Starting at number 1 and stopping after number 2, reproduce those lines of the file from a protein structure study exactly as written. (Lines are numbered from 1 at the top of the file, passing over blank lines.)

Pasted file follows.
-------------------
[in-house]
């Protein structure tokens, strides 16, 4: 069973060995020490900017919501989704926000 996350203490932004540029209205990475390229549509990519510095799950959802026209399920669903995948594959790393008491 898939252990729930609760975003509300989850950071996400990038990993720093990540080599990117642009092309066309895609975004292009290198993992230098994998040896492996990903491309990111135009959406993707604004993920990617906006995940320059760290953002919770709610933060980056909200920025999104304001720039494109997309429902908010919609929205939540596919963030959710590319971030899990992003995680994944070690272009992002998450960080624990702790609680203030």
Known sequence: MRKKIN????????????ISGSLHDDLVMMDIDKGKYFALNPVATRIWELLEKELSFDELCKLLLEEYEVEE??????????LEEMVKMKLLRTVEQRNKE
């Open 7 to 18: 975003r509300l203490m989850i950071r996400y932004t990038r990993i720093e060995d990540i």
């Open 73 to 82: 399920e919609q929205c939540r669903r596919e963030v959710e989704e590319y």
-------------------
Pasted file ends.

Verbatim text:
[in-house]
């Protein structure tokens, strides 16, 4: 069973060995020490900017919501989704926000 996350203490932004540029209205990475390229549509990519510095799950959802026209399920669903995948594959790393008491 898939252990729930609760975003509300989850950071996400990038990993720093990540080599990117642009092309066309895609975004292009290198993992230098994998040896492996990903491309990111135009959406993707604004993920990617906006995940320059760290953002919770709610933060980056909200920025999104304001720039494109997309429902908010919609929205939540596919963030959710590319971030899990992003995680994944070690272009992002998450960080624990702790609680203030």